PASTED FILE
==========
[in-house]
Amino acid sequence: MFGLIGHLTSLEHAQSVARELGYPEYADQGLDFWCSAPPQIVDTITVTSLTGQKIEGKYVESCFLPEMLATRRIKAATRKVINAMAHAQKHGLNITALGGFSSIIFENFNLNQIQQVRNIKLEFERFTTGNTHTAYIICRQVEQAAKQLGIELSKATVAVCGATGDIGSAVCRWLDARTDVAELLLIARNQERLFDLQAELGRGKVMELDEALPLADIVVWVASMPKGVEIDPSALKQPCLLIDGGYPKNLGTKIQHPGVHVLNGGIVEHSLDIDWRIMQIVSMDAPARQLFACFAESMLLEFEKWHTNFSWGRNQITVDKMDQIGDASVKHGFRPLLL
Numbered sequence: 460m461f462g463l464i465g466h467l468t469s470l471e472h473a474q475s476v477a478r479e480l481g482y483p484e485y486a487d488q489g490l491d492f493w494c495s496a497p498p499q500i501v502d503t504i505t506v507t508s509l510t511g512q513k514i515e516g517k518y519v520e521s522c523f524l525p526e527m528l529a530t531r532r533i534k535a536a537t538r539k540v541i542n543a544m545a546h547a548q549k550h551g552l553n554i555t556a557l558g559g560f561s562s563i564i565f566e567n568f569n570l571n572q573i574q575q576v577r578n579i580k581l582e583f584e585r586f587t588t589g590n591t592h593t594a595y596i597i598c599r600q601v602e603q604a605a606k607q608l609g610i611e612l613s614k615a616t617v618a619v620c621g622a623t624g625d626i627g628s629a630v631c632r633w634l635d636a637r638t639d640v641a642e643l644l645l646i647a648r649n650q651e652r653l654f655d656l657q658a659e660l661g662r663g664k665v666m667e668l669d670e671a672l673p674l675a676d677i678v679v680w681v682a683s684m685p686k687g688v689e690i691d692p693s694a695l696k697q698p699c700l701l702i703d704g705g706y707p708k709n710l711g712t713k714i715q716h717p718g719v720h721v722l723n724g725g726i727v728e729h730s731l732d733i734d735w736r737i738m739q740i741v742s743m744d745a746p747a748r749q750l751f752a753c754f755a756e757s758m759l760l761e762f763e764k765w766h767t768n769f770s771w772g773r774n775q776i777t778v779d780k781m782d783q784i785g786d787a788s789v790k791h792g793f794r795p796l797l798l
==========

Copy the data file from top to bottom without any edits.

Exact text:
[in-house]
Amino acid sequence: MFGLIGHLTSLEHAQSVARELGYPEYADQGLDFWCSAPPQIVDTITVTSLTGQKIEGKYVESCFLPEMLATRRIKAATRKVINAMAHAQKHGLNITALGGFSSIIFENFNLNQIQQVRNIKLEFERFTTGNTHTAYIICRQVEQAAKQLGIELSKATVAVCGATGDIGSAVCRWLDARTDVAELLLIARNQERLFDLQAELGRGKVMELDEALPLADIVVWVASMPKGVEIDPSALKQPCLLIDGGYPKNLGTKIQHPGVHVLNGGIVEHSLDIDWRIMQIVSMDAPARQLFACFAESMLLEFEKWHTNFSWGRNQITVDKMDQIGDASVKHGFRPLLL
Numbered sequence: 460m461f462g463l464i465g466h467l468t469s470l471e472h473a474q475s476v477a478r479e480l481g482y483p484e485y486a487d488q489g490l491d492f493w494c495s496a497p498p499q500i501v502d503t504i505t506v507t508s509l510t511g512q513k514i515e516g517k518y519v520e521s522c523f524l525p526e527m528l529a530t531r532r533i534k535a536a537t538r539k540v541i542n543a544m545a546h547a548q549k550h551g552l553n554i555t556a557l558g559g560f561s562s563i564i565f566e567n568f569n570l571n572q573i574q575q576v577r578n579i580k581l582e583f584e585r586f587t588t589g590n591t592h593t594a595y596i597i598c599r600q601v602e603q604a605a606k607q608l609g610i611e612l613s614k615a616t617v618a619v620c621g622a623t624g625d626i627g628s629a630v631c632r633w634l635d636a637r638t639d640v641a642e643l644l645l646i647a648r649n650q651e652r653l654f655d656l657q658a659e660l661g662r663g664k665v666m667e668l669d670e671a672l673p674l675a676d677i678v679v680w681v682a683s684m685p686k687g688v689e690i691d692p693s694a695l696k697q698p699c700l701l702i703d704g705g706y707p708k709n710l711g712t713k714i715q716h717p718g719v720h721v722l723n724g725g726i727v728e729h730s731l732d733i734d735w736r737i738m739q740i741v742s743m744d745a746p747a748r749q750l751f752a753c754f755a756e757s758m759l760l761e762f763e764k765w766h767t768n769f770s771w772g773r774n775q776i777t778v779d780k781m782d783q784i785g786d787a788s789v790k791h792g793f794r795p796l797l798l